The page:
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One in Five Stars Has Earth-sized Planet

exoplanets habitable zone keck observatory kepler

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#16    calaf

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Posted 08 November 2013 - 12:09 AM

Wouldn't it be dandy if we figured out how to coexist on this world before we screw up another?


#17    Waspie_Dwarf

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Posted 08 November 2013 - 12:23 AM

View Postcalaf, on 08 November 2013 - 12:09 AM, said:

Wouldn't it be dandy if we figured out how to coexist on this world before we screw up another?

Taking into account that we aren't actually capable of reaching any of these planets yet your comment is relevant how exactly?

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#18    coolguy

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Posted 08 November 2013 - 06:01 AM

I bet there is plenty of life on these planets humans on one.
Dino's on others aliens on some to


#19    highdesert50

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Posted 08 November 2013 - 06:43 AM

As our abilities to more accurately probe these planets becomes more sophisticated, the opportunity to compare the probabilistic events that led to the emergence of man on Earth as compared to environmentally identical worlds should yield rather interesting insights relative to randomness of brief cataclysmic events and those of subtle but sustained evolution.


#20    brkuzma

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Posted 08 November 2013 - 08:16 AM

Just because WE HUMANS can't survive naked on a planet it doesn't make it inhabitable for life. I bet there are only a handful that are like Earth.


#21    Frank Merton

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Posted 08 November 2013 - 08:32 AM

I'm doubtful we will find much in the way of "advanced" life, since if it were common it seems we should already have seen various sorts of signs of it.  However, earth-like or nearly earth-like planets that we can adapt to hold no end of wonderful possibility, so long as they are not already occupied.

If they are already occupied, they may be off bounds for us as the chemistries almost certainly will not be able to tolerate each other, and interfering with local evolution would hold huge moral consequences.


#22    Mind Explorer

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Posted 08 November 2013 - 11:03 AM

Man...this is exciting! I can invision in a 1000 years a Star Trek type of scenario lol.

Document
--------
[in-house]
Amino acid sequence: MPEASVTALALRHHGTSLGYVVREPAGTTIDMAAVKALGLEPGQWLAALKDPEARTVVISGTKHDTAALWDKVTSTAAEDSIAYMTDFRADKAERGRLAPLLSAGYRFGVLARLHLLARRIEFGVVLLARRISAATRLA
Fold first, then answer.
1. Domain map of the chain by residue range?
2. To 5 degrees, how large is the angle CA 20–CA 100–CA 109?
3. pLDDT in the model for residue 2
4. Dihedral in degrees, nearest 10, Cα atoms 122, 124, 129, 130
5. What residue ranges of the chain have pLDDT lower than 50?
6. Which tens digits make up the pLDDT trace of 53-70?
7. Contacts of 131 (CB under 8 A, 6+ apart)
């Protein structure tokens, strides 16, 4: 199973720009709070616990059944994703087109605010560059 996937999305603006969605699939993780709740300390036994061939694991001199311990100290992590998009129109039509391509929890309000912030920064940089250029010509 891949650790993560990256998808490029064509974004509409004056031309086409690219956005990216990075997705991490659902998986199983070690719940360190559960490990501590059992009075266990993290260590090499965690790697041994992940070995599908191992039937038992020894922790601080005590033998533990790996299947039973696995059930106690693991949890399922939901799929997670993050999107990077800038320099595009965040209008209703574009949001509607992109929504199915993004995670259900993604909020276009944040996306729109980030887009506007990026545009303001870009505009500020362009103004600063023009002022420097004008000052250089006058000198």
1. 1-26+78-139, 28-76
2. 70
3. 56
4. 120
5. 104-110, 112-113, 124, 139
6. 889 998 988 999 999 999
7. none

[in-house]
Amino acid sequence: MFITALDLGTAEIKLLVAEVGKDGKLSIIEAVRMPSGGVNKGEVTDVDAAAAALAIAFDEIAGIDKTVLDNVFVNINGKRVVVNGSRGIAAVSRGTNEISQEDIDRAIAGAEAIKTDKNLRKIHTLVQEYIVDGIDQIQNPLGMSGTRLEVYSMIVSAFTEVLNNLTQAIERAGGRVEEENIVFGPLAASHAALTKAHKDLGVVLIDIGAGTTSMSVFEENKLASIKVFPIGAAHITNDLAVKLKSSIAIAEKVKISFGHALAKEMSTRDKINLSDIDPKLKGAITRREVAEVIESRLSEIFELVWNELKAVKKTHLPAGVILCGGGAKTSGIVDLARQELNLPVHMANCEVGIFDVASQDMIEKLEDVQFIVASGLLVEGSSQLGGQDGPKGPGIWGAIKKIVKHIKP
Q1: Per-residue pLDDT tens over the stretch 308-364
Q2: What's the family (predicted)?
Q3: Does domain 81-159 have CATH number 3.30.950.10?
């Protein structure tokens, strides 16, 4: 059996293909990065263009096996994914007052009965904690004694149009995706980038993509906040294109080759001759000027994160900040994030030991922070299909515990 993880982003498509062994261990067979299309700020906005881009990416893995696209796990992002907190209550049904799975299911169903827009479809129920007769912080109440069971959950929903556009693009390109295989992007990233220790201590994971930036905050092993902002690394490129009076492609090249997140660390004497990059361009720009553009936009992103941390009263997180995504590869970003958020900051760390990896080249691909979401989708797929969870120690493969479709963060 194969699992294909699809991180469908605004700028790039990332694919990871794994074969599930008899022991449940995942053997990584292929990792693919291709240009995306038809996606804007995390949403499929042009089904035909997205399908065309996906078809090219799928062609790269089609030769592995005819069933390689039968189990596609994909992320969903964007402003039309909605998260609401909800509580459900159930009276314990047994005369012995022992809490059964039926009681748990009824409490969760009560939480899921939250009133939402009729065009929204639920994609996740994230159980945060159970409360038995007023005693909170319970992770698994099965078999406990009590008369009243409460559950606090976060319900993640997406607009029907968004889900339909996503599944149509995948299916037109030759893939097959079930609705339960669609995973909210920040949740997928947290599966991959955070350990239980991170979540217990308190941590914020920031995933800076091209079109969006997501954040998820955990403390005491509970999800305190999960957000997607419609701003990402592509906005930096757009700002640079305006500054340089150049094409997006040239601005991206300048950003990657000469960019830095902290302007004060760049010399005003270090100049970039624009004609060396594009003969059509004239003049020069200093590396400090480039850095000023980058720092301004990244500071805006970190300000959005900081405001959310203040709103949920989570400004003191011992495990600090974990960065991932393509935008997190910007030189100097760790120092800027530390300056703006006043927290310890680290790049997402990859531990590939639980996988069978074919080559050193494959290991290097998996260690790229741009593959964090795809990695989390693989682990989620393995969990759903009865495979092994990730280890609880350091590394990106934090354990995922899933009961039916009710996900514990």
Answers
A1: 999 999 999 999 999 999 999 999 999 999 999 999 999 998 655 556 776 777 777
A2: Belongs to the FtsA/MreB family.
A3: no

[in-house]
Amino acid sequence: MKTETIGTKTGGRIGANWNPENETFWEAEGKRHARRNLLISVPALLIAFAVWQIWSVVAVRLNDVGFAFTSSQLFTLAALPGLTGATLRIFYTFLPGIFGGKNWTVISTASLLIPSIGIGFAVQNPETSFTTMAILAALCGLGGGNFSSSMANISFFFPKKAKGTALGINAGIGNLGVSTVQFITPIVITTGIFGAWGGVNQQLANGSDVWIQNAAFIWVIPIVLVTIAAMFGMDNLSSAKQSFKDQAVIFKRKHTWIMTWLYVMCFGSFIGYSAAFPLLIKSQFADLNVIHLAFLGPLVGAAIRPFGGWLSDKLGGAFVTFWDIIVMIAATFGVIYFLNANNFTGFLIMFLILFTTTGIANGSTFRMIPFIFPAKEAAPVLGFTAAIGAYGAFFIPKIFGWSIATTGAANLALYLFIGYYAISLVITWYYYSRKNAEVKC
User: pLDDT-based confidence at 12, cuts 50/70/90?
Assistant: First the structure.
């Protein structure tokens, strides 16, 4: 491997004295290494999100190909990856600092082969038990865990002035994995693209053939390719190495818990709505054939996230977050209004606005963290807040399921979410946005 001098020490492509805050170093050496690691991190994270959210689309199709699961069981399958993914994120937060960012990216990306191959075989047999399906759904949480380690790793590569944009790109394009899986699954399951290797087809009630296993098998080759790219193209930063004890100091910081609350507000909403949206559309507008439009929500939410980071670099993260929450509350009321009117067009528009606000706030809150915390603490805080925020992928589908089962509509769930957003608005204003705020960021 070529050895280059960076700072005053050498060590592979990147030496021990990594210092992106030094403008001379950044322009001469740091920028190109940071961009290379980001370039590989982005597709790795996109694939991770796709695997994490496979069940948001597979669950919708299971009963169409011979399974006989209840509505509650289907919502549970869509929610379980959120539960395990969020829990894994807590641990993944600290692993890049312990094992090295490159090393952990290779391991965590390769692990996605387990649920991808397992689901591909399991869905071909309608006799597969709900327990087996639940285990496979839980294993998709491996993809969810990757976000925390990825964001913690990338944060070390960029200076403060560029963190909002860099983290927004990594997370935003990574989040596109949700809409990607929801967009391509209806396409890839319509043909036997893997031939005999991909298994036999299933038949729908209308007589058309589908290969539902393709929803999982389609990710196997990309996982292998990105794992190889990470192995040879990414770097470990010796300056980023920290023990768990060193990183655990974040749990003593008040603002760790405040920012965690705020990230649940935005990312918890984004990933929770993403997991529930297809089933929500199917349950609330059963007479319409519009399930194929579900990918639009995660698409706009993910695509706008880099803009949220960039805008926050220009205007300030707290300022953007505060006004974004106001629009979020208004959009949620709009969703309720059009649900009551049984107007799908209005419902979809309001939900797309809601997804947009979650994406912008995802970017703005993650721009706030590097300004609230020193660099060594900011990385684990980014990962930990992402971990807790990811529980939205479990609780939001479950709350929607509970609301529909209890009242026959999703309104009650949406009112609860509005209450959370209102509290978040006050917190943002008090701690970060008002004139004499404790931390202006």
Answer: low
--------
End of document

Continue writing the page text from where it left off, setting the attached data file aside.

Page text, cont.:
View Postbrkuzma, on 08 November 2013 - 08:16 AM, said:

Just because WE HUMANS can't survive naked on a planet it doesn't make it inhabitable for life. I bet there are only a handful that are like Earth.

Agreed. This also solves the whole 'habitable zone' argument. Just because it's uninhabitable to us doesn't mean some other species could not have evolved on it.

View PostFrank Merton, on 08 November 2013 - 08:32 AM, said:

I'm doubtful we will find much in the way of "advanced" life, since if it were common it seems we should already have seen various sorts of signs of it.  However, earth-like or nearly earth-like planets that we can adapt to hold no end of wonderful possibility, so long as they are not already occupied.

If they are already occupied, they may be off bounds for us as the chemistries almost certainly will not be able to tolerate each other, and interfering with local evolution would hold huge moral consequences.

The ol' Prime Directive huh.  Unless there is some change when we start deep space travel..I doubt moral consequences will stop humans from doing anything. Just look at the history of our species.

Also, I wouldn't say there isn't much 'advanced life'. We haven't even really began to look for it yet.


#23    lightly

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Posted 08 November 2013 - 01:24 PM

We have a tendency to think that planets must be earth-like to sustain life?    .. and that  Life forms would be  ' familiar '  .    Maybe ...  maybe not.

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#24    Frank Merton

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Posted 08 November 2013 - 01:37 PM

View Postlightly, on 08 November 2013 - 01:24 PM, said:

We have a tendency to think that planets must be earth-like to sustain life? .. and that  Life forms would be  ' familiar '  . Maybe ...  maybe not.
Not for lack of trying but no one has proposed a chemistry other than the one based on carbon chains that seems like it would work at all well in living things.  For that reason you need water in a liquid state and hence certain temperatures and pressures.  Whether the similarities need go further (such as using amino acids) is less assured, but it seems likely.


#25    lightly

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Posted 08 November 2013 - 08:13 PM

View PostFrank Merton, on 08 November 2013 - 01:37 PM, said:

Not for lack of trying but no one has proposed a chemistry other than the one based on carbon chains that seems like it would work at all well in living things.  For that reason you need water in a liquid state and hence certain temperatures and pressures.  Whether the similarities need go further (such as using amino acids) is less assured, but it seems likely.

   Thank you Frank,    hm..    i see!

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#26    Harte

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Posted 09 November 2013 - 04:43 PM

I can't get past the "humans can't survive naked" comment.

Who walks around naked anyway?

If there are some planets we could survive on naked, how much is the cover charge?

Last one: on one of the naked planets, - is the majority of the population young?  If not, I'm pretty sure I don't want to go there!

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